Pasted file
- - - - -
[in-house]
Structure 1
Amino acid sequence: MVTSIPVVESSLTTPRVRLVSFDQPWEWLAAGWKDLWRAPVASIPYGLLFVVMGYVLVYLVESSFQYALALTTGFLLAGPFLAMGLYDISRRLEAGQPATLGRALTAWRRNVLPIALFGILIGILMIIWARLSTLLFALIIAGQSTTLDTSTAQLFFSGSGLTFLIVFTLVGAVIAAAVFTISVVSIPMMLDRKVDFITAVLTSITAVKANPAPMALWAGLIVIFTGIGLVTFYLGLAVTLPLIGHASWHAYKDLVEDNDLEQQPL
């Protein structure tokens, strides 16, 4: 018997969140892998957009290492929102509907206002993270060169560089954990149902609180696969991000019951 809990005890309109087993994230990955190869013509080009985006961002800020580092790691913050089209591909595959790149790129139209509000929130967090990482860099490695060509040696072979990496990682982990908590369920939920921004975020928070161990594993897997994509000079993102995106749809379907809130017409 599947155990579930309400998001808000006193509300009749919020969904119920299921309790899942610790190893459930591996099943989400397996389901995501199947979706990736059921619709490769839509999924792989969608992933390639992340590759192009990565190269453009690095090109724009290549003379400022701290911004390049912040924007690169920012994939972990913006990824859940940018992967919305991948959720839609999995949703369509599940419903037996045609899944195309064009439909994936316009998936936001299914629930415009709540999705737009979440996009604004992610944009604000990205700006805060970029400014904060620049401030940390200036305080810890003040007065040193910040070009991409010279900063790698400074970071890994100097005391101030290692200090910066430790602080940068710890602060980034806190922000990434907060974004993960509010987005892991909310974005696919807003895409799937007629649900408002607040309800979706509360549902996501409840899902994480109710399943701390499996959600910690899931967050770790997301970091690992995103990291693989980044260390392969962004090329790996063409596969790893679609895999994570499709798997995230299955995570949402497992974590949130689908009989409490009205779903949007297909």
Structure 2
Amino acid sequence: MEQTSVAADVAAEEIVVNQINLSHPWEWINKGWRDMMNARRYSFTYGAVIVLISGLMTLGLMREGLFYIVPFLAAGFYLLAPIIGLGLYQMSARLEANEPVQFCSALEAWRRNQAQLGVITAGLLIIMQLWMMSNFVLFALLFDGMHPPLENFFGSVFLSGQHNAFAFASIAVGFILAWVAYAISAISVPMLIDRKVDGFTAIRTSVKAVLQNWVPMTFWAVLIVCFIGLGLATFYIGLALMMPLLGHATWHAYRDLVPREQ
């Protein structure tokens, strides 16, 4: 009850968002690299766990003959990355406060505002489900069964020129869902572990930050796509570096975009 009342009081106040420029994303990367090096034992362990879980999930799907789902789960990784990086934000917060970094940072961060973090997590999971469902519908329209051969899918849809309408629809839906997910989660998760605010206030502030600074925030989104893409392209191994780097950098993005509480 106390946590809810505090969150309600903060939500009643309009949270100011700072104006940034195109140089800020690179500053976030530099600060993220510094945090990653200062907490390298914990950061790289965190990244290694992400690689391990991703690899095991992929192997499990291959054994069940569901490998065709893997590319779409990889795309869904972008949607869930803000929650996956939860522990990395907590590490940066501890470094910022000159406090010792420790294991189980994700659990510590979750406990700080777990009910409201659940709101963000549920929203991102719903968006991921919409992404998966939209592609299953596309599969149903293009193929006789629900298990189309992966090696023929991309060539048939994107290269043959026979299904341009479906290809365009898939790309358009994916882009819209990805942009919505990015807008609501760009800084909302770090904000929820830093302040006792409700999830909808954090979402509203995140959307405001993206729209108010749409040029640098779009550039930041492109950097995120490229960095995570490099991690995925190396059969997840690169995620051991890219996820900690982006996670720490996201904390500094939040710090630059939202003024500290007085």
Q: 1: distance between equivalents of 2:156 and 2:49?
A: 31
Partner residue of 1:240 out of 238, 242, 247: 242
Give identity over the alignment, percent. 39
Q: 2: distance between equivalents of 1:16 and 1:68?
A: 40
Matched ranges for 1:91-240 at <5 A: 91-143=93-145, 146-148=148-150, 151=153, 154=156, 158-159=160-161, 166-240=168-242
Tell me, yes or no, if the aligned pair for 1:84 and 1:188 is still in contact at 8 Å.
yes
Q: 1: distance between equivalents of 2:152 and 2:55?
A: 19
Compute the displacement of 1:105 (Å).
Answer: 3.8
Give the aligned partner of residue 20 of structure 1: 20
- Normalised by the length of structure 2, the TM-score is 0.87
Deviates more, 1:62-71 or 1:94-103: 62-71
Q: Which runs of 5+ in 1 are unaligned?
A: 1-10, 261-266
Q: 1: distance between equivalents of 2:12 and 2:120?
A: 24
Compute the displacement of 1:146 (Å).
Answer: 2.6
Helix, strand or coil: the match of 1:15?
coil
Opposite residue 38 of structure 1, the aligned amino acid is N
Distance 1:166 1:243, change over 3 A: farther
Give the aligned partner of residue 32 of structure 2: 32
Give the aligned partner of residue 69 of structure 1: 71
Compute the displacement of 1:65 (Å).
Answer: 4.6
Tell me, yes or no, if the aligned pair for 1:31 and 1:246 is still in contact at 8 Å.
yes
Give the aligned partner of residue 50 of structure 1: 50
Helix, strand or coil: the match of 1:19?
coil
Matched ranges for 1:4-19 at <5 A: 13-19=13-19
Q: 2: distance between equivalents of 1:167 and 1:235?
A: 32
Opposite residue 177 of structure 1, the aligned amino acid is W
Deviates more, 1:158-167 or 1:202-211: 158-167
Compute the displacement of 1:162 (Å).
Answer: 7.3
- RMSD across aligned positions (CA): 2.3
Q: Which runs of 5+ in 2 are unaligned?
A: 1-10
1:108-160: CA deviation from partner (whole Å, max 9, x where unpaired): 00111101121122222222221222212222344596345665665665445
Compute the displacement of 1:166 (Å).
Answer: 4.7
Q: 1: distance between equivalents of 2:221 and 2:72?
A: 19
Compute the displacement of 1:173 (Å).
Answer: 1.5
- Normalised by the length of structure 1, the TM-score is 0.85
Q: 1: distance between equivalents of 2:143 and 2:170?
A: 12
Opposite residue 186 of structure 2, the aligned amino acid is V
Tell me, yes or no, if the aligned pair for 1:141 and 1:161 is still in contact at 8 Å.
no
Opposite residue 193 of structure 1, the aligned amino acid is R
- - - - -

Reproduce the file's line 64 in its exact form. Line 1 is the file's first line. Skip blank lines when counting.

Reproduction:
Tell me, yes or no, if the aligned pair for 1:141 and 1:161 is still in contact at 8 Å.